May 12, 2017

Has-Been Heroes Review

Lights Off
2 Mediocre
Retails for: $19.99
We Recommend: $7.99
  • Developer: Frozenbyte
  • Publisher: GameTrust Games
  • Genre: Action, Indie, RPG, Strategy
  • Released: Mar 28, 2017
  • Platform: Windows, Xbox One, PlayStation 4, Nintendo Switch
  • Reviewed: Nintendo Switch

Has-Been Heroes from Frozenbyte is a game that’s difficult from the get-go and has no desire to let up. This for some, can be tolerable. But for many, and like me, put me off from the game only several hours in trying to attempt to find meaningful progress. That aside, the art, music, strategy and tactics involved requires some forward thinking that makes it unique. However, all of the good it does can’t save Has-Been Heroes from the hole it digs for you, from the moment you start a run.

Frozenbyte has a penchant for grouping you up with a trio of heroes, or would-be heroes. Perhaps in this case, has-been heroes. Two old fogies, a mage and warrior stumble upon a young rogue who accidentally becomes their third after the King tasks the trio with escorting his Princess daughters to school. This humored approach to the story goes a long way, but is in stark contrast to the difficult combat and learning curve of the tutorial that came before it.

Perhaps only an issue on the Switch, or consoles are the controls. They take some time to get used to, but are awkward at first. Face buttons correspond to a character in a lane, and then there’s an attack button. Moving around the map is selected with the right stick, and then right bumper to confirm. The combat loop and strategy involved is fun. Your goal is to deplete an enemy’s stamina to stun, and then use follow-up attacks from other characters in order to whittle down its health to zero. After an attack, can swap places with a hero for a follow-up attack while the other recharges. Do this right and you can swap quickly for maximum attack efficiency.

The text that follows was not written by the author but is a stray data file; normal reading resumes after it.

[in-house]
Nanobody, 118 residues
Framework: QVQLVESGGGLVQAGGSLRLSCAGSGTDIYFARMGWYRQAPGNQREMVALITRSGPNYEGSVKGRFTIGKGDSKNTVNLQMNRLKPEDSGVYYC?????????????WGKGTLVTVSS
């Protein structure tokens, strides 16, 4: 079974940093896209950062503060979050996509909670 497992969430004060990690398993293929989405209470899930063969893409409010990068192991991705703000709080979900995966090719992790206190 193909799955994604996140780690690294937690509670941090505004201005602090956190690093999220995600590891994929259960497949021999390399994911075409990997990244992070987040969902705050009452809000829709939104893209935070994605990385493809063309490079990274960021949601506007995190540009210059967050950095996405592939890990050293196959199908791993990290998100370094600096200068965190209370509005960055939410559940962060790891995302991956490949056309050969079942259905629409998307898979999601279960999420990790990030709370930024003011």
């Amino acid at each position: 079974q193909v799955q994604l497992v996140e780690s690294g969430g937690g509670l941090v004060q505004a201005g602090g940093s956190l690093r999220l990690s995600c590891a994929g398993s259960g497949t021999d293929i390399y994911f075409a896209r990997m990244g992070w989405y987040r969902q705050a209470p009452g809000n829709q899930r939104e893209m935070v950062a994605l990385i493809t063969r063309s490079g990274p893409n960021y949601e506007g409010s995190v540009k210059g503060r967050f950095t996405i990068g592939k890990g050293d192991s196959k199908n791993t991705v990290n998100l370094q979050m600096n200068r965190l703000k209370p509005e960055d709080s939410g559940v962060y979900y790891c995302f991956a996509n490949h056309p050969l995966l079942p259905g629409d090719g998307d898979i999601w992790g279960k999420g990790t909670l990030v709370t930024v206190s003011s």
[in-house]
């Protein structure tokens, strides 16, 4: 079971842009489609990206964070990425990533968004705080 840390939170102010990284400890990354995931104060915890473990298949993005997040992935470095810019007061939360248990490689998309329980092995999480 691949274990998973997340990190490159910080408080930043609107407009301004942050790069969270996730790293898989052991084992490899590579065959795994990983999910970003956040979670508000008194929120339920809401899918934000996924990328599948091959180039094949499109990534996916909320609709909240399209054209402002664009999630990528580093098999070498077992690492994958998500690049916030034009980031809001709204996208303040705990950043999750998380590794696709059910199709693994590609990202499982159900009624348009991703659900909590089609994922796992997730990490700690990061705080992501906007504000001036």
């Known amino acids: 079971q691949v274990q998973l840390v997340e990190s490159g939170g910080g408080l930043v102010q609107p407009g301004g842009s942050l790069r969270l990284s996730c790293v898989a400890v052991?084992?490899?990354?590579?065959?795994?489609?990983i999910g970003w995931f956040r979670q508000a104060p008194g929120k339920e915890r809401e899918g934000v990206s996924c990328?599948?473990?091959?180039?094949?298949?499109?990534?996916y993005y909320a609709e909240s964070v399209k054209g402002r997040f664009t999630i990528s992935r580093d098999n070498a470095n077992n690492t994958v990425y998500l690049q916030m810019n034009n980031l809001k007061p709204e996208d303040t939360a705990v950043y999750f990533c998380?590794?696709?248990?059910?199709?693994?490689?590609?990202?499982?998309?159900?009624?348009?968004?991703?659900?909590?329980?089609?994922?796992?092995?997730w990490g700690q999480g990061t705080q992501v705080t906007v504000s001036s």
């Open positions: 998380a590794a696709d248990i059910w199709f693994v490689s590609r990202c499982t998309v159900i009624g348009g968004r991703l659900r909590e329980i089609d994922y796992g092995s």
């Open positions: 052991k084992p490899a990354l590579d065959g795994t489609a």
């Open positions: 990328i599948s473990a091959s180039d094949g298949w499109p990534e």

Has-Been Heroes being a frustrating game is an accurate statement. It features a map similar to Darkest Dungeon in that you pick where you want to go. You can completely avoid rooms, or explore every single one of them. The latter is the way to play, as it give the opportunity to obtain gear and items that better prepare you for the eventual boss fight, assuming you can even make it through the regular enemies first. Along the way you’ll encounter vendors to purchase items with the souls you’ve collected from killed enemies. The randomness and unknown of these items lead to further frustration as there might be items bad for the character you purchased them for, but not able to swap them to a character who could use it. Additionally, you may not know what an item does until you use it – but then it’s gone.

It is unfortunate to see a game so luck-based. Has-Been Heroes is slow to reward, and you take all the risk. Upon death, a tally is counted based on enemies killed that works towards unlocking new heroes. It takes a really long time for them to become unlocked, and once one is, hard to see the value in all the work you put in to get it.

Has-Been Heroes works for the Switch with its small and travel-focused design, but less so at home when there’s other stuff on this console and other consoles to play. Has-Been Heroes could really benefit from an easier difficulty, because luck is just rarely ever on your side. There’s some fun to be had, but it is far and few between each run you play. The tactics and strategy behind Has-Been Heroes is mostly satisfying, but is sadly undone by its difficulty.

A Nintendo Switch eShop code for the game was provided by Frozenbyte for review purposes.